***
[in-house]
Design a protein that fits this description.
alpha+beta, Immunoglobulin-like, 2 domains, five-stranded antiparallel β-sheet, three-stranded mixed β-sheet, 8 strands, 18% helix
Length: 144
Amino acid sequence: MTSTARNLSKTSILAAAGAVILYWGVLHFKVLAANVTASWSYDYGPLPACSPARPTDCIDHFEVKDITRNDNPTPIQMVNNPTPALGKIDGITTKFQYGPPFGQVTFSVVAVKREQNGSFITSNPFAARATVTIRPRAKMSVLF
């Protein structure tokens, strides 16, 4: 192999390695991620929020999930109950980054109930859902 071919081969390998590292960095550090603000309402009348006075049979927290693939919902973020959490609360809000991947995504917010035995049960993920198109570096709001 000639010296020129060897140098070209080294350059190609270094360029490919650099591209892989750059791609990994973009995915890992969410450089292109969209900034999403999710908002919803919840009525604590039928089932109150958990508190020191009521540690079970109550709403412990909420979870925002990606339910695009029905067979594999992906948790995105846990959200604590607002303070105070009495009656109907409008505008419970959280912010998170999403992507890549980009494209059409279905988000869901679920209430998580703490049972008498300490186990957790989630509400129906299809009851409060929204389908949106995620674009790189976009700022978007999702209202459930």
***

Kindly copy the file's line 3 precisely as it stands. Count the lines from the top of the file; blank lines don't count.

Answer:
alpha+beta, Immunoglobulin-like, 2 domains, five-stranded antiparallel β-sheet, three-stranded mixed β-sheet, 8 strands, 18% helix